Hacker Leaks Xbox Series X GPU Source Code

Ruben Fields
March 27, 2020

There's growing evidence to suggest the hacker stole nothing of real value.

AMD has filed at least two DMCA notices against Github repos with source code relating to AMD's Navi and Arden GPUs, which have since been taken down. This comes after AMD's next generation of consumer GPUs, Navi 2X, were officially announced on AMD's financial analyst day, March 5.

HackRead.com was able to find the repository days before it was deleted and we can confirm that the hacker is claiming to leak more data in the future. AMD, Intel, Nvidia, and other semiconductor companies have often cooperated to prosecute individuals who have tried this kind of stunt before. However, the chip maker refused to pay the ransom. In that instance, AMD was the potential recipient of stolen Intel information, but the firm acted promptly and in full cooperation with the Federal Bureau of Investigation to ensure no Intel IP wound up in their own products.

On Wednesday, AMD confirmed intellectual property related to its graphics processors was stolen past year, though insisted the leaked files will not damage its business nor compromise product security.

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The leaks are tied to files dumped on GitHub, a Microsoft-owned platform that hosts computer coding projects. This past weekend, a user on GitHub claimed to have uploaded the source code for AMD's Arden GPU technology, which is slated to be used in the upcoming Xbox Series X video game console.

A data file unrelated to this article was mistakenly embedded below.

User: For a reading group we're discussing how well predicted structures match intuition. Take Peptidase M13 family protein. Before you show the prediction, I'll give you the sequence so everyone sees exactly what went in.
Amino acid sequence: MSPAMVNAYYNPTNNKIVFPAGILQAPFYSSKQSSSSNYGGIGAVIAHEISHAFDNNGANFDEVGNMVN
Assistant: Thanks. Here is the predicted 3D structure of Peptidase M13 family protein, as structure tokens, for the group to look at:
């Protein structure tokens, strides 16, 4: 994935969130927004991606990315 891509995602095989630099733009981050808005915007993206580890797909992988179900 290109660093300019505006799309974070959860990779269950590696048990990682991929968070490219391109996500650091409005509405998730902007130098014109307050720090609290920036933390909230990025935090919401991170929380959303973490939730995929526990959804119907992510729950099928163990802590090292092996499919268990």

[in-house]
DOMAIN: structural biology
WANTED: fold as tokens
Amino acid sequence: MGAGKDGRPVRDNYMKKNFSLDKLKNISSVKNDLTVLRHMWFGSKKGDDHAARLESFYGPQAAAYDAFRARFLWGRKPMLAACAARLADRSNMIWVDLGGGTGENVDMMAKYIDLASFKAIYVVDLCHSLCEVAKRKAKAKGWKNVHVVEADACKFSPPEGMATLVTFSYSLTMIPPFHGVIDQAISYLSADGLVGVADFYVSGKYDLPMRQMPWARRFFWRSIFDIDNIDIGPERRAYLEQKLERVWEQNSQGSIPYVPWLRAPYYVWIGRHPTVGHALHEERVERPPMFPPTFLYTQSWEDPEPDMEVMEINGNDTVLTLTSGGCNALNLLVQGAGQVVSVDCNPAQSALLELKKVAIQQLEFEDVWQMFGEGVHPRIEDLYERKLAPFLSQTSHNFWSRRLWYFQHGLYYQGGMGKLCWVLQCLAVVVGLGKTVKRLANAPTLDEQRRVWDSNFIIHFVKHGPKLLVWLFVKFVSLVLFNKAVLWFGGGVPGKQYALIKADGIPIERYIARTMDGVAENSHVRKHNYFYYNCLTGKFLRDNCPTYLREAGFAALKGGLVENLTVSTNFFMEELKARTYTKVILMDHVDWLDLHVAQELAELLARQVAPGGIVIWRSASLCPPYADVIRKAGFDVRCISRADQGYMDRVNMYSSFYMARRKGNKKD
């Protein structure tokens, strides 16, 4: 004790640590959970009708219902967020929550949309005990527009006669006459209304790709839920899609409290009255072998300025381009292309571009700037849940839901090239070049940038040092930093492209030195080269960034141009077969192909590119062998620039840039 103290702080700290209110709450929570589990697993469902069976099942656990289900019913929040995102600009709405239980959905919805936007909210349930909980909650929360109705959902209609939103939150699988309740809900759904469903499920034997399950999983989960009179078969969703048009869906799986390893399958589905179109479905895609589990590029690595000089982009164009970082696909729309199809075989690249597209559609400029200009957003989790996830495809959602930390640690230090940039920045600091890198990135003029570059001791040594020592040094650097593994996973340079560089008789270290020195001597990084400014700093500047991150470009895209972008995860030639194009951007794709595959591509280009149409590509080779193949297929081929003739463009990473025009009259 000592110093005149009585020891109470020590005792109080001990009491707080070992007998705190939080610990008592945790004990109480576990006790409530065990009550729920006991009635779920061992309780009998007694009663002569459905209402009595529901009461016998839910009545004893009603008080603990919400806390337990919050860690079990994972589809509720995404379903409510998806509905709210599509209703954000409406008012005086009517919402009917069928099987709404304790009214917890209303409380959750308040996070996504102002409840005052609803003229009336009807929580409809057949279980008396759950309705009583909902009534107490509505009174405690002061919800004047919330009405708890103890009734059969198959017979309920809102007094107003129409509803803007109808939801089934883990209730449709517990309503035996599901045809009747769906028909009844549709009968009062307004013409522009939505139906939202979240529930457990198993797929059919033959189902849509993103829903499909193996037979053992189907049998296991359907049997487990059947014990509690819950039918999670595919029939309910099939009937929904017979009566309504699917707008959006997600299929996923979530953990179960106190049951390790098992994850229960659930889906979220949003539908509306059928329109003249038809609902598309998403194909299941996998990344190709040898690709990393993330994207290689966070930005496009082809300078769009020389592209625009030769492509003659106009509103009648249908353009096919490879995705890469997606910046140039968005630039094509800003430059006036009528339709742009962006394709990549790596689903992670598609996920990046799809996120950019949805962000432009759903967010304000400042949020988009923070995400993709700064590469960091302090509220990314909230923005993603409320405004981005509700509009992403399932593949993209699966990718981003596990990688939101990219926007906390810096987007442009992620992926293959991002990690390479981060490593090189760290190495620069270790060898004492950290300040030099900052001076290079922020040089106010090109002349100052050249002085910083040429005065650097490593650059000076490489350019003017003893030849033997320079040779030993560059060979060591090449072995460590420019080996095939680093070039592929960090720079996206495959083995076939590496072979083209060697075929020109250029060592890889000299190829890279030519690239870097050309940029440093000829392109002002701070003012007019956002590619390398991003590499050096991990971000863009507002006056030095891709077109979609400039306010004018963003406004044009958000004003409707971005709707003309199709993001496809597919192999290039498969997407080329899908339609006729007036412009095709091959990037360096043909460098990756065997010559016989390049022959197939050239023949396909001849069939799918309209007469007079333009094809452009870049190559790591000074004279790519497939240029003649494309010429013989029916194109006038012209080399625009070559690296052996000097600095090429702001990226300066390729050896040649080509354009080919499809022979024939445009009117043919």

The stolen details may have been related to the code for Navi graphics cards and the Xbox Series X custom GPU built by AMD, Tech Radar reported. Whether the files are legit remains unknown. However, the hacker told TorrentFreak that if there's no buyer doesn't for the rest of the code, she will "just leak everything".

'I later found out about the files inside it. "They weren't even protected properly or even encrypted with anything which is just sad", the hacker said. Today, AMD has issued a statement regarding a leak that occurred back in December 2019, confirming that test files related to some current and future graphics products were stolen.

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